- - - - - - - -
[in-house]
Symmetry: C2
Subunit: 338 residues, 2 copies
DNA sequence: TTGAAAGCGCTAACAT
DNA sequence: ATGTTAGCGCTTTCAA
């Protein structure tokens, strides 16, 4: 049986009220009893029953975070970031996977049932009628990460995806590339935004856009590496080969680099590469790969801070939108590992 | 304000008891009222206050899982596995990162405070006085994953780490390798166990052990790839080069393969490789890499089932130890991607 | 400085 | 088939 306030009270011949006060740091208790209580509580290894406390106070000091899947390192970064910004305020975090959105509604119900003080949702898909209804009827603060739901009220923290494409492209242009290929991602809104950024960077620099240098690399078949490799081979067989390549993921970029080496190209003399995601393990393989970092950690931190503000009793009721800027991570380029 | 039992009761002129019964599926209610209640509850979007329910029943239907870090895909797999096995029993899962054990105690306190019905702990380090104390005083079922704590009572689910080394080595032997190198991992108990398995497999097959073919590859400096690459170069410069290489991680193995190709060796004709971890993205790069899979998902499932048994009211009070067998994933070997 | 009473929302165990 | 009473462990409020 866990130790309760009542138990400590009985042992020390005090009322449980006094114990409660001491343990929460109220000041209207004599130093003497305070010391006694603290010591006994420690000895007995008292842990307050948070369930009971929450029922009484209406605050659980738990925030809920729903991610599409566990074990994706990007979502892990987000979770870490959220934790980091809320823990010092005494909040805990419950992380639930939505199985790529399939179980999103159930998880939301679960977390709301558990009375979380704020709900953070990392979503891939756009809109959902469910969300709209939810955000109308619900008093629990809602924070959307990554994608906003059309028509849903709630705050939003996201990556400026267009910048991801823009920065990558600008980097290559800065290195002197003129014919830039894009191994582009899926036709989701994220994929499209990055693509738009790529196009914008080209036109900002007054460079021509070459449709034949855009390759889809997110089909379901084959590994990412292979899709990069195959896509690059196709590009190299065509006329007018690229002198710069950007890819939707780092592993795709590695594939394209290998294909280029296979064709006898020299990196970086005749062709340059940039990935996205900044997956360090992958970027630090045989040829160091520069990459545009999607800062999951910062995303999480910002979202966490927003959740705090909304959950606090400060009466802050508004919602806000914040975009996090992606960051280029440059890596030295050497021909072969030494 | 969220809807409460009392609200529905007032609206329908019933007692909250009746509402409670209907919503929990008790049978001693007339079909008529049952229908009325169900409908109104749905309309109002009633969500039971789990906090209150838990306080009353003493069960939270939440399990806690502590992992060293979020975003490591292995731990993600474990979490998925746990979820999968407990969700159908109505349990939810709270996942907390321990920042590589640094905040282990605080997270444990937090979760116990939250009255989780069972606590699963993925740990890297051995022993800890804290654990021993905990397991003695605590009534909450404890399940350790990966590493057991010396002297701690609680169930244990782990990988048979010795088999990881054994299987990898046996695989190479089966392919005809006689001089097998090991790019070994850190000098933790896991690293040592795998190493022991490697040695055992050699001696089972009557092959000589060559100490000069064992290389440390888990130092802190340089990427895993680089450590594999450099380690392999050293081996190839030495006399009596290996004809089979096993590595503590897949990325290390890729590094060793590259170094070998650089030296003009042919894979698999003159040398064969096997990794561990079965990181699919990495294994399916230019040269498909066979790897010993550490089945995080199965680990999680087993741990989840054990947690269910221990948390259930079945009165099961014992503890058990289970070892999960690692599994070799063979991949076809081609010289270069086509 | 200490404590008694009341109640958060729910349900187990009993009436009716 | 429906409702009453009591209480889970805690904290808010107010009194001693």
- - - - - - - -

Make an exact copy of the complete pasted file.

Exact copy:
[in-house]
Symmetry: C2
Subunit: 338 residues, 2 copies
DNA sequence: TTGAAAGCGCTAACAT
DNA sequence: ATGTTAGCGCTTTCAA
């Protein structure tokens, strides 16, 4: 049986009220009893029953975070970031996977049932009628990460995806590339935004856009590496080969680099590469790969801070939108590992 | 304000008891009222206050899982596995990162405070006085994953780490390798166990052990790839080069393969490789890499089932130890991607 | 400085 | 088939 306030009270011949006060740091208790209580509580290894406390106070000091899947390192970064910004305020975090959105509604119900003080949702898909209804009827603060739901009220923290494409492209242009290929991602809104950024960077620099240098690399078949490799081979067989390549993921970029080496190209003399995601393990393989970092950690931190503000009793009721800027991570380029 | 039992009761002129019964599926209610209640509850979007329910029943239907870090895909797999096995029993899962054990105690306190019905702990380090104390005083079922704590009572689910080394080595032997190198991992108990398995497999097959073919590859400096690459170069410069290489991680193995190709060796004709971890993205790069899979998902499932048994009211009070067998994933070997 | 009473929302165990 | 009473462990409020 866990130790309760009542138990400590009985042992020390005090009322449980006094114990409660001491343990929460109220000041209207004599130093003497305070010391006694603290010591006994420690000895007995008292842990307050948070369930009971929450029922009484209406605050659980738990925030809920729903991610599409566990074990994706990007979502892990987000979770870490959220934790980091809320823990010092005494909040805990419950992380639930939505199985790529399939179980999103159930998880939301679960977390709301558990009375979380704020709900953070990392979503891939756009809109959902469910969300709209939810955000109308619900008093629990809602924070959307990554994608906003059309028509849903709630705050939003996201990556400026267009910048991801823009920065990558600008980097290559800065290195002197003129014919830039894009191994582009899926036709989701994220994929499209990055693509738009790529196009914008080209036109900002007054460079021509070459449709034949855009390759889809997110089909379901084959590994990412292979899709990069195959896509690059196709590009190299065509006329007018690229002198710069950007890819939707780092592993795709590695594939394209290998294909280029296979064709006898020299990196970086005749062709340059940039990935996205900044997956360090992958970027630090045989040829160091520069990459545009999607800062999951910062995303999480910002979202966490927003959740705090909304959950606090400060009466802050508004919602806000914040975009996090992606960051280029440059890596030295050497021909072969030494 | 969220809807409460009392609200529905007032609206329908019933007692909250009746509402409670209907919503929990008790049978001693007339079909008529049952229908009325169900409908109104749905309309109002009633969500039971789990906090209150838990306080009353003493069960939270939440399990806690502590992992060293979020975003490591292995731990993600474990979490998925746990979820999968407990969700159908109505349990939810709270996942907390321990920042590589640094905040282990605080997270444990937090979760116990939250009255989780069972606590699963993925740990890297051995022993800890804290654990021993905990397991003695605590009534909450404890399940350790990966590493057991010396002297701690609680169930244990782990990988048979010795088999990881054994299987990898046996695989190479089966392919005809006689001089097998090991790019070994850190000098933790896991690293040592795998190493022991490697040695055992050699001696089972009557092959000589060559100490000069064992290389440390888990130092802190340089990427895993680089450590594999450099380690392999050293081996190839030495006399009596290996004809089979096993590595503590897949990325290390890729590094060793590259170094070998650089030296003009042919894979698999003159040398064969096997990794561990079965990181699919990495294994399916230019040269498909066979790897010993550490089945995080199965680990999680087993741990989840054990947690269910221990948390259930079945009165099961014992503890058990289970070892999960690692599994070799063979991949076809081609010289270069086509 | 200490404590008694009341109640958060729910349900187990009993009436009716 | 429906409702009453009591209480889970805690904290808010107010009194001693």